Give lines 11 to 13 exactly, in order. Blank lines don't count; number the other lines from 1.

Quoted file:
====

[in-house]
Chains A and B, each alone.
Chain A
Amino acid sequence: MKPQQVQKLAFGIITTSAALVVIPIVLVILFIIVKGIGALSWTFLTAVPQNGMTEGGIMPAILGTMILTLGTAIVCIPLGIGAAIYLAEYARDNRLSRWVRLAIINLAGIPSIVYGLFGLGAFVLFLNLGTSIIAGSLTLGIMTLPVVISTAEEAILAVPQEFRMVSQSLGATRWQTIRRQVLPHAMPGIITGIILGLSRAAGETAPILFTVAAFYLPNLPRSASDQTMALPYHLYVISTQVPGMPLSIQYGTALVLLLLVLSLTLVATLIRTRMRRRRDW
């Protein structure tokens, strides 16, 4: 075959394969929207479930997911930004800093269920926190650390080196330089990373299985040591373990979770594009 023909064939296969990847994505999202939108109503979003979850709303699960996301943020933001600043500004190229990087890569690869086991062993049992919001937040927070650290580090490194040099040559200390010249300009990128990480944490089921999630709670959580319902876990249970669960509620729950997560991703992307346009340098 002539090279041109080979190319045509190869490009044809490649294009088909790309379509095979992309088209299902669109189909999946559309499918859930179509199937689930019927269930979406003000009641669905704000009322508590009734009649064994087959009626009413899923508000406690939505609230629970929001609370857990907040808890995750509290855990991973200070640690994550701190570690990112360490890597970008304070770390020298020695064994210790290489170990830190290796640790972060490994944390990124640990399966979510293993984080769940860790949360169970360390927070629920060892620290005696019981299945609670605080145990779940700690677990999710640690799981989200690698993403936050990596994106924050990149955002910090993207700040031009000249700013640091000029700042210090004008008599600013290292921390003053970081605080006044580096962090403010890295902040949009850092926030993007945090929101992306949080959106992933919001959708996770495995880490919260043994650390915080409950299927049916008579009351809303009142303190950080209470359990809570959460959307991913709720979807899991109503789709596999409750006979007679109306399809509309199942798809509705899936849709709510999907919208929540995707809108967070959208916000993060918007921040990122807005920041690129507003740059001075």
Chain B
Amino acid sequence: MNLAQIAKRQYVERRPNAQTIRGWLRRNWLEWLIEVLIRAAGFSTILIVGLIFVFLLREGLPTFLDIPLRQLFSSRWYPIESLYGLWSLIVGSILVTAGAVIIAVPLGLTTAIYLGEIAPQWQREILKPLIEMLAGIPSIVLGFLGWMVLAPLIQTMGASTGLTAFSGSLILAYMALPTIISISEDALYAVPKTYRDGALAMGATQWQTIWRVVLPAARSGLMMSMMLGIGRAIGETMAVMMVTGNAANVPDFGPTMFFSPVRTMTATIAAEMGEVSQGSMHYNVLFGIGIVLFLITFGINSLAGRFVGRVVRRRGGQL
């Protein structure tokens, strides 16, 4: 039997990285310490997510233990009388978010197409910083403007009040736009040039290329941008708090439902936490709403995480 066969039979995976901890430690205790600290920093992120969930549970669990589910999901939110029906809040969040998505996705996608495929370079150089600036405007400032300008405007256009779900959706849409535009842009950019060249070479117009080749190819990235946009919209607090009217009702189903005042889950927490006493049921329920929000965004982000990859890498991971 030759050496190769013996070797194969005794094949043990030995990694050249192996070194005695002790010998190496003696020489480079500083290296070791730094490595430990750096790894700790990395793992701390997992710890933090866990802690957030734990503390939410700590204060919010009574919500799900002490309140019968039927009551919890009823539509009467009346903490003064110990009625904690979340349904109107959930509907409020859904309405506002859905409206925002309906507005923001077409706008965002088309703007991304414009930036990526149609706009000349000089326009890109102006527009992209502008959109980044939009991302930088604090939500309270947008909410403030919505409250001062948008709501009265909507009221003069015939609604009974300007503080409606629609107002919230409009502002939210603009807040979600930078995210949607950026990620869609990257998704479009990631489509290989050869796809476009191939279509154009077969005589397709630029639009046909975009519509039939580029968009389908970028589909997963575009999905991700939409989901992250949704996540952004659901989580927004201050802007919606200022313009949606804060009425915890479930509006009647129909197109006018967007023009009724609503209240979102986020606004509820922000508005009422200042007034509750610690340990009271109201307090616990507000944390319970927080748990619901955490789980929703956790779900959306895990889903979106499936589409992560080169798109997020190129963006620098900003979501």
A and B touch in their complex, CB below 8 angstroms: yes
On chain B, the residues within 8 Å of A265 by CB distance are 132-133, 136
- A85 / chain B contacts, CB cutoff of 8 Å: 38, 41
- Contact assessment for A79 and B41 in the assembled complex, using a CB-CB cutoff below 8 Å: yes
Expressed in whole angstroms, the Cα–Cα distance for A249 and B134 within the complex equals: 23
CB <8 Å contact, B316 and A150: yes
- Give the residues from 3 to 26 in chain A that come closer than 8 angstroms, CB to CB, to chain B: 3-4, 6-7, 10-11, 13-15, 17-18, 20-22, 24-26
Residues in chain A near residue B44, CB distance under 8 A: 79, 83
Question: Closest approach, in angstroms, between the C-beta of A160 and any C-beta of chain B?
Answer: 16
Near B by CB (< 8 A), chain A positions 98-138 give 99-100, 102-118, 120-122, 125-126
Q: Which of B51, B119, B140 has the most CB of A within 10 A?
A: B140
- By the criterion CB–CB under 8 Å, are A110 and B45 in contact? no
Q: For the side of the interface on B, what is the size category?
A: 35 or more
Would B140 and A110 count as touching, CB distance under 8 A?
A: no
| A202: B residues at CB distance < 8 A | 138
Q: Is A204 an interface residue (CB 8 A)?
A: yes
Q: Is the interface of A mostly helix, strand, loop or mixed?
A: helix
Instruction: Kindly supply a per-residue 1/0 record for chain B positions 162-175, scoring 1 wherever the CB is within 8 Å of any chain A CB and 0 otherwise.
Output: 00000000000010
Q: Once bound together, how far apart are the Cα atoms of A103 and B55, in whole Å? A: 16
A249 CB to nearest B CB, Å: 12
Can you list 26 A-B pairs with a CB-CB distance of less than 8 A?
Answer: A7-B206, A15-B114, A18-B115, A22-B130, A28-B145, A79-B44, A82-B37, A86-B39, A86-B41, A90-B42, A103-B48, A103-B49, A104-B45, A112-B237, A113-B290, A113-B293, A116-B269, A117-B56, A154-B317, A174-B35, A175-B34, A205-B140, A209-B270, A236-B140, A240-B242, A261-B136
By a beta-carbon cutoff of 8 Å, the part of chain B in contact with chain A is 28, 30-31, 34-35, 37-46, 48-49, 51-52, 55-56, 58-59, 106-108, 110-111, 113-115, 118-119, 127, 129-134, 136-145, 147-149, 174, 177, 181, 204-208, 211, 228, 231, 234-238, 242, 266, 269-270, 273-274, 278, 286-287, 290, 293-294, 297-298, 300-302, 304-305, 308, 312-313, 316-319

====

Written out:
- A85 / chain B contacts, CB cutoff of 8 Å: 38, 41
- Contact assessment for A79 and B41 in the assembled complex, using a CB-CB cutoff below 8 Å: yes
Expressed in whole angstroms, the Cα–Cα distance for A249 and B134 within the complex equals: 23